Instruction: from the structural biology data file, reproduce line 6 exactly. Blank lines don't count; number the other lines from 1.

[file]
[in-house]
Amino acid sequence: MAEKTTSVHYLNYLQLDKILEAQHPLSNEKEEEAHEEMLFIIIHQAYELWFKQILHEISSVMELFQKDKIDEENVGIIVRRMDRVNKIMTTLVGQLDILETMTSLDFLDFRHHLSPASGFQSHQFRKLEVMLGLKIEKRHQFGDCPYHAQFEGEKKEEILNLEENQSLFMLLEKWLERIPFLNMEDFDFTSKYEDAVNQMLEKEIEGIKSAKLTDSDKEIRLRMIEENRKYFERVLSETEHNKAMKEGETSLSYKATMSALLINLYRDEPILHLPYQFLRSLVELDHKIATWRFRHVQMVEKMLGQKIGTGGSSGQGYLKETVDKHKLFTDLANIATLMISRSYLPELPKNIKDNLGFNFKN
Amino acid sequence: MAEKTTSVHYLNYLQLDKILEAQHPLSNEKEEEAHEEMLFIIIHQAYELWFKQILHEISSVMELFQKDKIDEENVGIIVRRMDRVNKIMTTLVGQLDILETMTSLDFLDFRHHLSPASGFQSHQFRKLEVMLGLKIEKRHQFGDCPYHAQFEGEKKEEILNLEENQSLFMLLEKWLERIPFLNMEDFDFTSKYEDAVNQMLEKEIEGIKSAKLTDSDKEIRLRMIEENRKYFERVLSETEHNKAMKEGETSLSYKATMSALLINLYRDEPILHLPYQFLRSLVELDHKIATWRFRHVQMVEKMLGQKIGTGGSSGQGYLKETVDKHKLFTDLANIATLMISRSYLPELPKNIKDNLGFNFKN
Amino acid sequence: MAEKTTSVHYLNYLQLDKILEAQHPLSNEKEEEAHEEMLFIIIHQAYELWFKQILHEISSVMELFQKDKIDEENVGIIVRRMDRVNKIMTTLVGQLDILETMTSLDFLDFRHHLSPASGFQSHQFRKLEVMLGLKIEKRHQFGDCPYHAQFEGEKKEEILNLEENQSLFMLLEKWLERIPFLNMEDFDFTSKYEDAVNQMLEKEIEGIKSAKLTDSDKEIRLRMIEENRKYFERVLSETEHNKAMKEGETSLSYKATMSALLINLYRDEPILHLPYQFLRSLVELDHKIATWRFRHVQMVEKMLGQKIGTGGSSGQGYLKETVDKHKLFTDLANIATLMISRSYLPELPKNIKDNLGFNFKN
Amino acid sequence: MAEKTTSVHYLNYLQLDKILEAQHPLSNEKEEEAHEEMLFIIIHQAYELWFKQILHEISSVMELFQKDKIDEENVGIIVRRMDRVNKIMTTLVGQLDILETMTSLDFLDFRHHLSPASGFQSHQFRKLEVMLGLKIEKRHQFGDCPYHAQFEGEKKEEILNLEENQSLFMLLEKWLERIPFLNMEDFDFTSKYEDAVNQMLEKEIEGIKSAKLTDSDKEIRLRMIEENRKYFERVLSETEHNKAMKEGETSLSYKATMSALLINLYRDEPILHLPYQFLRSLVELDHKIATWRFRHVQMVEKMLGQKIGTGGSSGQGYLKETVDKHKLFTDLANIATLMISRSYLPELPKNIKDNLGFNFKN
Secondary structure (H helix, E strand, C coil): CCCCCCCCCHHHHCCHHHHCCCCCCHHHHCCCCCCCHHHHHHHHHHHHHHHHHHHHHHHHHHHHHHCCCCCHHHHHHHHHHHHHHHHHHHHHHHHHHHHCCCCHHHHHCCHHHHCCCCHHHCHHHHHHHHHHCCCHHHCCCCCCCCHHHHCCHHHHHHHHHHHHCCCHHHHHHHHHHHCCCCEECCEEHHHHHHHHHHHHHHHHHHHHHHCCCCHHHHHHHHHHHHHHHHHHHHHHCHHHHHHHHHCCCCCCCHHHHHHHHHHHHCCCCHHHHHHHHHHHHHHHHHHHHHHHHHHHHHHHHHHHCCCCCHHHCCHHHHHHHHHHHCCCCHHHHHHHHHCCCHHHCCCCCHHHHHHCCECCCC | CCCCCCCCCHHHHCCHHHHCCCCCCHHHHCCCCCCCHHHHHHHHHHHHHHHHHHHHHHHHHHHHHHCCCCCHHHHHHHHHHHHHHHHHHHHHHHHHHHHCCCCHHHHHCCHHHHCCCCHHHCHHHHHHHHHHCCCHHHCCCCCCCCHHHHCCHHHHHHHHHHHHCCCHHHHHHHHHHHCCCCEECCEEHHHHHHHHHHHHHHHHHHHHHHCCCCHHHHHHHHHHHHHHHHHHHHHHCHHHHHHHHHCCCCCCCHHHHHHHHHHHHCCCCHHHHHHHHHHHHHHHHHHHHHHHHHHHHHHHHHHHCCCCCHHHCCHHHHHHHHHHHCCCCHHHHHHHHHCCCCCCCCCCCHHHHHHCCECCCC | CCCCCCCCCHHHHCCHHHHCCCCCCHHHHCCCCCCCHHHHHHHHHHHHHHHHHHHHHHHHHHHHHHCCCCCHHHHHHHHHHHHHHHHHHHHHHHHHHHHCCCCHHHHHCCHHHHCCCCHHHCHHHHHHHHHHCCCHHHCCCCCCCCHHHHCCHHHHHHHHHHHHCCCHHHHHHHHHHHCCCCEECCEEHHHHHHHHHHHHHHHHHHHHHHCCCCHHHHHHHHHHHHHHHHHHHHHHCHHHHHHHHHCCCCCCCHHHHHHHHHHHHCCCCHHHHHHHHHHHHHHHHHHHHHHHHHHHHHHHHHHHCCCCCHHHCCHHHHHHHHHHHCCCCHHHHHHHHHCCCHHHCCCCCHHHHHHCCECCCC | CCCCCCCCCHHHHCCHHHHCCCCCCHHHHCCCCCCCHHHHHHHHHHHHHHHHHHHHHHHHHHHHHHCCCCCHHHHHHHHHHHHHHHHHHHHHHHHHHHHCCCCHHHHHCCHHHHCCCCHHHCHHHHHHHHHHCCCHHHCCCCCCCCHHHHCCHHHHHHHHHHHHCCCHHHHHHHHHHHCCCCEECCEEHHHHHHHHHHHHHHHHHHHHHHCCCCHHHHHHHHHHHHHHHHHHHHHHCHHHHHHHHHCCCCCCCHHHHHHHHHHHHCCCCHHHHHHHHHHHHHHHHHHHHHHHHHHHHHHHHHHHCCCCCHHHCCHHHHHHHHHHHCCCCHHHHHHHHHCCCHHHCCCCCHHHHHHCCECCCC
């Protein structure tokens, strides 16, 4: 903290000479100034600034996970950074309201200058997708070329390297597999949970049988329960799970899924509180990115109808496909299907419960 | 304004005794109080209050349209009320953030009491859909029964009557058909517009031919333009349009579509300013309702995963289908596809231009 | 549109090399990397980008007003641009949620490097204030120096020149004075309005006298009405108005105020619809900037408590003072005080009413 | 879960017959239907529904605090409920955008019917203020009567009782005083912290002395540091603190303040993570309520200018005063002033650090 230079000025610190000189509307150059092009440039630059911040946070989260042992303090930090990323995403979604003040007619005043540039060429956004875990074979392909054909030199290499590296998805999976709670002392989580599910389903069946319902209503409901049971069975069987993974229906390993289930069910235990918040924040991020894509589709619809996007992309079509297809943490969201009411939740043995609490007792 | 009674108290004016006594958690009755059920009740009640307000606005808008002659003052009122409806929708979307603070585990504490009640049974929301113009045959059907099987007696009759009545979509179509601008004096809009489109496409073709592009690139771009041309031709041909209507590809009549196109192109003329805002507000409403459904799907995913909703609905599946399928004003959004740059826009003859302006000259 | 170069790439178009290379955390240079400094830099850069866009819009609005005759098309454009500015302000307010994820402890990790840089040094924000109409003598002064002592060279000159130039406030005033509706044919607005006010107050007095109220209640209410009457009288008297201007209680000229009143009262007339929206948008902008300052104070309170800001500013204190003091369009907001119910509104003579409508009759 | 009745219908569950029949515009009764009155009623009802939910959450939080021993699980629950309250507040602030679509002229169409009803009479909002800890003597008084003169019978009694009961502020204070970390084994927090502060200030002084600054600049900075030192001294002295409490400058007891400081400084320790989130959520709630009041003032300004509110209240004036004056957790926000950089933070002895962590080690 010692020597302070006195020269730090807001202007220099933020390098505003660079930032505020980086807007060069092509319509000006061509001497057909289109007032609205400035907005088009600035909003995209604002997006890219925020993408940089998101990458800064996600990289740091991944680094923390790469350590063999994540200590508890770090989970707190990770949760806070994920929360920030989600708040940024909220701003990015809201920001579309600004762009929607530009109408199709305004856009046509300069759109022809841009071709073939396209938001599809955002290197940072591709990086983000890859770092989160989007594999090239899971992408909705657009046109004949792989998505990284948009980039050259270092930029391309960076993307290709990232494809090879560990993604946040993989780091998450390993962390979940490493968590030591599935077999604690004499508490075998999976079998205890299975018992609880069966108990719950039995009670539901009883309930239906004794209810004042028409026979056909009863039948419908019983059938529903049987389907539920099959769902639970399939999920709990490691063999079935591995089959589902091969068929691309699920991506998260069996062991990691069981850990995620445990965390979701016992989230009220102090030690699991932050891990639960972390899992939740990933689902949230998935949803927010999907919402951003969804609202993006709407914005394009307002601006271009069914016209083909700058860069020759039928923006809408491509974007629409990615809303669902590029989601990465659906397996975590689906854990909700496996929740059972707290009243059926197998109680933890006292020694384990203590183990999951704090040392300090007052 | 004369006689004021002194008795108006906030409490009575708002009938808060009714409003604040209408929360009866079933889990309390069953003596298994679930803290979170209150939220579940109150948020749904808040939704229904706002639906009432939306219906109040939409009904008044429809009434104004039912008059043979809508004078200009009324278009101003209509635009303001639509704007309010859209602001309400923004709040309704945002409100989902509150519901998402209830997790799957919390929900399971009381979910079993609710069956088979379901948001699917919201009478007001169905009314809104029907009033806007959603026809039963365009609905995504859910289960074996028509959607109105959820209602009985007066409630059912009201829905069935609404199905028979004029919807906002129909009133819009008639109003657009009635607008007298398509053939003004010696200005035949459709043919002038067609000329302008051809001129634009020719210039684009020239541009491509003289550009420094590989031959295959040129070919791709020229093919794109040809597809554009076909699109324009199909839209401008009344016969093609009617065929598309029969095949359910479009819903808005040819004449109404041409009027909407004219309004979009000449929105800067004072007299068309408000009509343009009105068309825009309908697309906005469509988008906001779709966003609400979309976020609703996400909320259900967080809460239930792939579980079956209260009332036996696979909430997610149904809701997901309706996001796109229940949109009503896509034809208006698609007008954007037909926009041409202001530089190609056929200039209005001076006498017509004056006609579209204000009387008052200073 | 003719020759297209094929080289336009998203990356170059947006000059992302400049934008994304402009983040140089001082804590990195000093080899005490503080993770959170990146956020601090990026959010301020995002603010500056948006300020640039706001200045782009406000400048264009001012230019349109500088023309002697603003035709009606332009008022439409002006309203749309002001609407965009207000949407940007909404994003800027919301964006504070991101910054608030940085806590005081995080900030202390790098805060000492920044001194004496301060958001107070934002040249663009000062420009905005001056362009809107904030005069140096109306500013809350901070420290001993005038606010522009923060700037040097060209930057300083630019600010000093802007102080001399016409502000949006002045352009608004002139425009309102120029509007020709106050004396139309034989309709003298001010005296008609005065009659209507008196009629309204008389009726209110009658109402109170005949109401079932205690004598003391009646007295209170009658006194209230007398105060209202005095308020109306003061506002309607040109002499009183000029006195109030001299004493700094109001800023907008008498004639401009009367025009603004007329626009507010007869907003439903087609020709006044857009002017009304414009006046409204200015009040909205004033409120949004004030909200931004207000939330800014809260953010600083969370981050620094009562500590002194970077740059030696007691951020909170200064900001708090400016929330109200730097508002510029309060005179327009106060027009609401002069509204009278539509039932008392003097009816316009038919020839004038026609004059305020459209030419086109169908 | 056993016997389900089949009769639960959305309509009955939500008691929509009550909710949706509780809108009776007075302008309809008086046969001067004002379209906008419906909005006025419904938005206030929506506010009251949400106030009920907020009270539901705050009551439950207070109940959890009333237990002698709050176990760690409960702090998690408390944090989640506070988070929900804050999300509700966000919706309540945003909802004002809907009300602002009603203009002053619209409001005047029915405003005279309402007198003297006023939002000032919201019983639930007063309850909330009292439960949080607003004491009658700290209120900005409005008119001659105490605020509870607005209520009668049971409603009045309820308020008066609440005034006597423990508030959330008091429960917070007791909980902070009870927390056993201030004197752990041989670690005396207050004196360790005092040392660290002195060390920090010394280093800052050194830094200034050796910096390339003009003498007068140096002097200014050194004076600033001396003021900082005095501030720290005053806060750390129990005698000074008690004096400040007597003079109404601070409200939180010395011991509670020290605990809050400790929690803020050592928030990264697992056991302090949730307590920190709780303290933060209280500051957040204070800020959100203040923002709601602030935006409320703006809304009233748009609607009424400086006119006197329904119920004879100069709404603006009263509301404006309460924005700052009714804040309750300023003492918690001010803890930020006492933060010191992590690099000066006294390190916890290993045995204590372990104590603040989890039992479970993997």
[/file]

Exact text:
Secondary structure (H helix, E strand, C coil): CCCCCCCCCHHHHCCHHHHCCCCCCHHHHCCCCCCCHHHHHHHHHHHHHHHHHHHHHHHHHHHHHHCCCCCHHHHHHHHHHHHHHHHHHHHHHHHHHHHCCCCHHHHHCCHHHHCCCCHHHCHHHHHHHHHHCCCHHHCCCCCCCCHHHHCCHHHHHHHHHHHHCCCHHHHHHHHHHHCCCCEECCEEHHHHHHHHHHHHHHHHHHHHHHCCCCHHHHHHHHHHHHHHHHHHHHHHCHHHHHHHHHCCCCCCCHHHHHHHHHHHHCCCCHHHHHHHHHHHHHHHHHHHHHHHHHHHHHHHHHHHCCCCCHHHCCHHHHHHHHHHHCCCCHHHHHHHHHCCCHHHCCCCCHHHHHHCCECCCC | CCCCCCCCCHHHHCCHHHHCCCCCCHHHHCCCCCCCHHHHHHHHHHHHHHHHHHHHHHHHHHHHHHCCCCCHHHHHHHHHHHHHHHHHHHHHHHHHHHHCCCCHHHHHCCHHHHCCCCHHHCHHHHHHHHHHCCCHHHCCCCCCCCHHHHCCHHHHHHHHHHHHCCCHHHHHHHHHHHCCCCEECCEEHHHHHHHHHHHHHHHHHHHHHHCCCCHHHHHHHHHHHHHHHHHHHHHHCHHHHHHHHHCCCCCCCHHHHHHHHHHHHCCCCHHHHHHHHHHHHHHHHHHHHHHHHHHHHHHHHHHHCCCCCHHHCCHHHHHHHHHHHCCCCHHHHHHHHHCCCCCCCCCCCHHHHHHCCECCCC | CCCCCCCCCHHHHCCHHHHCCCCCCHHHHCCCCCCCHHHHHHHHHHHHHHHHHHHHHHHHHHHHHHCCCCCHHHHHHHHHHHHHHHHHHHHHHHHHHHHCCCCHHHHHCCHHHHCCCCHHHCHHHHHHHHHHCCCHHHCCCCCCCCHHHHCCHHHHHHHHHHHHCCCHHHHHHHHHHHCCCCEECCEEHHHHHHHHHHHHHHHHHHHHHHCCCCHHHHHHHHHHHHHHHHHHHHHHCHHHHHHHHHCCCCCCCHHHHHHHHHHHHCCCCHHHHHHHHHHHHHHHHHHHHHHHHHHHHHHHHHHHCCCCCHHHCCHHHHHHHHHHHCCCCHHHHHHHHHCCCHHHCCCCCHHHHHHCCECCCC | CCCCCCCCCHHHHCCHHHHCCCCCCHHHHCCCCCCCHHHHHHHHHHHHHHHHHHHHHHHHHHHHHHCCCCCHHHHHHHHHHHHHHHHHHHHHHHHHHHHCCCCHHHHHCCHHHHCCCCHHHCHHHHHHHHHHCCCHHHCCCCCCCCHHHHCCHHHHHHHHHHHHCCCHHHHHHHHHHHCCCCEECCEEHHHHHHHHHHHHHHHHHHHHHHCCCCHHHHHHHHHHHHHHHHHHHHHHCHHHHHHHHHCCCCCCCHHHHHHHHHHHHCCCCHHHHHHHHHHHHHHHHHHHHHHHHHHHHHHHHHHHCCCCCHHHCCHHHHHHHHHHHCCCCHHHHHHHHHCCCHHHCCCCCHHHHHHCCECCCC